Aspen Johnson, Tim Johnson-Guide (no relation to Tim) and Bradlee Ewert show off their MVW trophies!

We woke up Sunday morning and made our way back to the same stand where Theo missed the previous night. About an hour after sunrise we were busted by a deer that we never saw…with two people in a stand and swirling winds in the valley conditions were difficult but we weren’t too concerned. We returned to camp and came up with a new plan for our last sit of the weekend.

Theo and Mitch Petrie Head out of their last stand of the weekend

MVW has over 600 acres and 40 + stands set up within a 10 minute walk of the lodge. There’s always a great place to hunt regardless of the wind direction. We opted for a double ladder stand on the edge of a field about 70 yards above a watering hole which proved to be a good decision. Within an hour of our arrival we had several deer filtering down the hill towards the water. Theo picked up some movement behind him and saw a small 6 point buck heading our way. The deer spooked and ran off but about 10 minutes later a doe followed his path but came straight in to 15 yards. As Theo tried to draw back, his muscles wouldn’t cooperate. Might have been buck fever or just an awkward position in the stand but it was a great encounter than ended in the doe walking off down-wind. A few minutes later we heard a deer blowing and what sounded like a herd of 20 deer leaving the valley having been alerted of our presence. Theo was pretty bummed that this would be how our hunt ended. Amazingly, the doe who had just walked off, walked back in! Clearly she had a death wish and Theo was more than willing to grant it! I ranged her at 32 yards which was within Theo’s range. He drew back and let the arrow fly; I watched the arrow fly in what seemed to be slow motion didn’t see or hear it hit the deer. We went down just before dusk and couldn’t find the arrow and didn’t see any signs he hit the deer. The next day Tim and Dan returned to the site to do their own search and confirmed a clean miss.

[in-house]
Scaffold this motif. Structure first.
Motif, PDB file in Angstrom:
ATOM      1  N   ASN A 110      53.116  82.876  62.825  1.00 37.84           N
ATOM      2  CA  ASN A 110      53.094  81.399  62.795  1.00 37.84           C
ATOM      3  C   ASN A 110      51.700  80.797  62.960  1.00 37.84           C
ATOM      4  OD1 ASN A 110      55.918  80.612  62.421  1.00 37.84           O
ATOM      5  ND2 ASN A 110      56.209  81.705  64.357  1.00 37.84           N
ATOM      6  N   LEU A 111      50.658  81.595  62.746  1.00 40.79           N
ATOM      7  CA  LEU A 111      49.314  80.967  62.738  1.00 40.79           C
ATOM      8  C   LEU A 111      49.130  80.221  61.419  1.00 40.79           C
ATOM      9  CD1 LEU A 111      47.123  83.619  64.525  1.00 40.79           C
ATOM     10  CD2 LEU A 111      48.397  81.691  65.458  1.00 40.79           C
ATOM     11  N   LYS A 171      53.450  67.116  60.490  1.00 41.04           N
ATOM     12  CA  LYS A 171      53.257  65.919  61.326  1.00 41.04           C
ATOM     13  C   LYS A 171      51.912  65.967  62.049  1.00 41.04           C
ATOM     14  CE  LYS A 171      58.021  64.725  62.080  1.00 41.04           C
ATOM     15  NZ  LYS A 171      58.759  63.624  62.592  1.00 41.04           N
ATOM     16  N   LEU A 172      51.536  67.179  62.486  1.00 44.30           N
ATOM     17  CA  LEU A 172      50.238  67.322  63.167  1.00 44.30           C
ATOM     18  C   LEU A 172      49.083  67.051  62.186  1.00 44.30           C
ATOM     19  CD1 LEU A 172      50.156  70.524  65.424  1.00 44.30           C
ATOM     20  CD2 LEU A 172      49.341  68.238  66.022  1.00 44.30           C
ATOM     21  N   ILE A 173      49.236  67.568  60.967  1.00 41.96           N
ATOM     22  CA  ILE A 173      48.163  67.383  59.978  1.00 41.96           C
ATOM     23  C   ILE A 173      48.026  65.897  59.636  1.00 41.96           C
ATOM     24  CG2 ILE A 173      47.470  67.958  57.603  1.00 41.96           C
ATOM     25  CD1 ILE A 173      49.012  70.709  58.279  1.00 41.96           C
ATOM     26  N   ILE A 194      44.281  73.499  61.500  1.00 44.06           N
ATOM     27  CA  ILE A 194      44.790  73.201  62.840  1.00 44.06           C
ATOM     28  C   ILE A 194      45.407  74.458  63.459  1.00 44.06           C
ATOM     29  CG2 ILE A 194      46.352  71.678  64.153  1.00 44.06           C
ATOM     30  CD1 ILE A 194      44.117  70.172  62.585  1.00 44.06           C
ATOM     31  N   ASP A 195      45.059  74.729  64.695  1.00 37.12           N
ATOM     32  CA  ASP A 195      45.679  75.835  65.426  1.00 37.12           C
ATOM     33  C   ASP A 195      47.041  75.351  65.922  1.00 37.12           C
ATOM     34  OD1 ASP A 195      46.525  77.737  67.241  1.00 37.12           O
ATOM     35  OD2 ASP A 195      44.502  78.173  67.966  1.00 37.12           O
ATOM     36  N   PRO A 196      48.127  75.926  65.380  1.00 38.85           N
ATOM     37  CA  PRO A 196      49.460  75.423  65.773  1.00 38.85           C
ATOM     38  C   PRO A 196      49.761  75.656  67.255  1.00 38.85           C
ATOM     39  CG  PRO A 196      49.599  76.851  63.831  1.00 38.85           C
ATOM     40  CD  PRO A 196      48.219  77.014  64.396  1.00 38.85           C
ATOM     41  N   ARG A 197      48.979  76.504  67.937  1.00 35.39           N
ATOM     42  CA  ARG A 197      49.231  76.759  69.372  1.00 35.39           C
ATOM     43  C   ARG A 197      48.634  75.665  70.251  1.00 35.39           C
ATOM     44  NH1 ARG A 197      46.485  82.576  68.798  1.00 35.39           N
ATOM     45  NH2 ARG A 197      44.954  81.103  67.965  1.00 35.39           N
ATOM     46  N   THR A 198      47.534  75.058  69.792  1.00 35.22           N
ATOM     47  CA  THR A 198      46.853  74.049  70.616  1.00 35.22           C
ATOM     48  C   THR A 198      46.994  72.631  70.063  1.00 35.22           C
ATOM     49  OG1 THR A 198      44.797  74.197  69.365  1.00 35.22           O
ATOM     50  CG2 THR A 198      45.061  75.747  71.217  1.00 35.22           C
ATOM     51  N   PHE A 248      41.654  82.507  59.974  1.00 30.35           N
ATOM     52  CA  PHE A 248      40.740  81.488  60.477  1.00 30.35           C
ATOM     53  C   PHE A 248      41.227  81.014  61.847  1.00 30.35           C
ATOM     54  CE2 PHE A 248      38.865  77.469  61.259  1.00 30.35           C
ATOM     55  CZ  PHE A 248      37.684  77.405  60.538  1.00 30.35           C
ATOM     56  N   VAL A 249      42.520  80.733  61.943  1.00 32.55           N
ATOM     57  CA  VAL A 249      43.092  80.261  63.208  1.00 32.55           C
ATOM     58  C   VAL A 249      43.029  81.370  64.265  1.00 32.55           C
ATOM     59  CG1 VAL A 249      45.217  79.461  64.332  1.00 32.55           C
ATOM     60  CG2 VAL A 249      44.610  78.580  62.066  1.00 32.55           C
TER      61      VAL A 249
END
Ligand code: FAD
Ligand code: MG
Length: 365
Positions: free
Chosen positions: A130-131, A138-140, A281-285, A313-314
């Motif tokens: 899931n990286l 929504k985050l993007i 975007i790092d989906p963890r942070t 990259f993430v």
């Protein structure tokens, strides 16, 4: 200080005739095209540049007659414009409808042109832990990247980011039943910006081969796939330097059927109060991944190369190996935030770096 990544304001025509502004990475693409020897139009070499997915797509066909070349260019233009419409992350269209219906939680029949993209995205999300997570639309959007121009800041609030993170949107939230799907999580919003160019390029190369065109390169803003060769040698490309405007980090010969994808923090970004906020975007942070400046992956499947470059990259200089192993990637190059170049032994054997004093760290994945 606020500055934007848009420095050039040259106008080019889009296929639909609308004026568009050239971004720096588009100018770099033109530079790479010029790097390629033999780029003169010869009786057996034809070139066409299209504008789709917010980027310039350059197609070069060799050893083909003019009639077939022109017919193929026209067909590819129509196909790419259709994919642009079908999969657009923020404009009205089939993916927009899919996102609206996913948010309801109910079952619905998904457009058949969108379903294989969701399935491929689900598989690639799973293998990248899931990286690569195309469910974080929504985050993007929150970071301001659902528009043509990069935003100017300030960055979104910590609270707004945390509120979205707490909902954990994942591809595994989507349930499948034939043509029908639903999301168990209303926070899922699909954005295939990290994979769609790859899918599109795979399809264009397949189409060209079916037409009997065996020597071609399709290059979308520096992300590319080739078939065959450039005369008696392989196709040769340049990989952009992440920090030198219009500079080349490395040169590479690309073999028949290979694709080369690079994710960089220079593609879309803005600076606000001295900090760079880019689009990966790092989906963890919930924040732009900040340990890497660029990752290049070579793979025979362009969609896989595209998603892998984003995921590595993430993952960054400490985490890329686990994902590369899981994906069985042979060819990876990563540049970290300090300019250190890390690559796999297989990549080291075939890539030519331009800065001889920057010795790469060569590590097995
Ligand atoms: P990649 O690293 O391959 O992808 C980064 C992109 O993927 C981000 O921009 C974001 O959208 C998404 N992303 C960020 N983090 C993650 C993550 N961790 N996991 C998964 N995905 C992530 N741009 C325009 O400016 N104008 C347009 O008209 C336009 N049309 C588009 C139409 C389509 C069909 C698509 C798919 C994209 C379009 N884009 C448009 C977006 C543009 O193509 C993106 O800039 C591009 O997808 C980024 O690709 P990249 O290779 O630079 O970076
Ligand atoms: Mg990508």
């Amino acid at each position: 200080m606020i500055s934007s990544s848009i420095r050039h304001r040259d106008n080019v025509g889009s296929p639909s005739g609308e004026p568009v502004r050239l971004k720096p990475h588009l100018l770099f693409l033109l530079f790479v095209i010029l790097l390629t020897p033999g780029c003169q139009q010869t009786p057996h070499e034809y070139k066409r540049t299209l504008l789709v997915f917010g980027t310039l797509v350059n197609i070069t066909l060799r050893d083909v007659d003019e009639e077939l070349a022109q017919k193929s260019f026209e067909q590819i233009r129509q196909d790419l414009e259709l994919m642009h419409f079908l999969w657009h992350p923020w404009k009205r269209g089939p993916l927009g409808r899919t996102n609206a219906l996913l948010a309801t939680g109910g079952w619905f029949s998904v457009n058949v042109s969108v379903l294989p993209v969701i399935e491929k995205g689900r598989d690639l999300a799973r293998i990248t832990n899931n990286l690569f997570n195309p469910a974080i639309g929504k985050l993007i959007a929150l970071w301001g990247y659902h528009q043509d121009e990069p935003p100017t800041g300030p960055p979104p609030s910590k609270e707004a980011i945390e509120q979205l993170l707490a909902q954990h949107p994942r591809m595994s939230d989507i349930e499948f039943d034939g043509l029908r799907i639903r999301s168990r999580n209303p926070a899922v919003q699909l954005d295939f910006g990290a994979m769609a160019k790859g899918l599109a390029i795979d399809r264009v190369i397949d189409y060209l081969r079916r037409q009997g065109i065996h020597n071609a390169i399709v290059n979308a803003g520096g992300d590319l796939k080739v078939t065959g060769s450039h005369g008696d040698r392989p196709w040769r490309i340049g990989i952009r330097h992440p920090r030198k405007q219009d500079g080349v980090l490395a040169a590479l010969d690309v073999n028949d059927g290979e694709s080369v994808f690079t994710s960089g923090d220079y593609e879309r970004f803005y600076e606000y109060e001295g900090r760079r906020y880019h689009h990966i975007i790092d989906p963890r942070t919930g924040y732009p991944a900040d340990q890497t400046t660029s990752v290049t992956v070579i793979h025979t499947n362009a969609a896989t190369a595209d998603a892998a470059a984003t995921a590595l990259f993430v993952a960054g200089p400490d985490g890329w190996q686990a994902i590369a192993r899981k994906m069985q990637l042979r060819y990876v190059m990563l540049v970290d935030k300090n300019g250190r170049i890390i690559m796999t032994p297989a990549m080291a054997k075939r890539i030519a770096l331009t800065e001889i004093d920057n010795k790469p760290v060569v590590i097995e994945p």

So we left MVW with Theo’s tag in hand but by all accounts having experienced a successful hunt. Theo had encounters every time we went out and let a few arrows fly. I told him our goal was to learn and improve each stand and we most definitely did. Theo is well on his way to being a great bowhunter and his experience at MVW will always be regarded as a key building block to his success. While I don’t take pleasure in his misses I do think, in this day and age of instant gratification, when he does finally have success, he’ll appreciate it more having worked for nearly three seasons to connect.

For more information on MVW or to book your own hunt, visit:

www.monarchvalleywhitetails.com

www.facebook.com/monarchvalleywhitetails

Happy Hunting!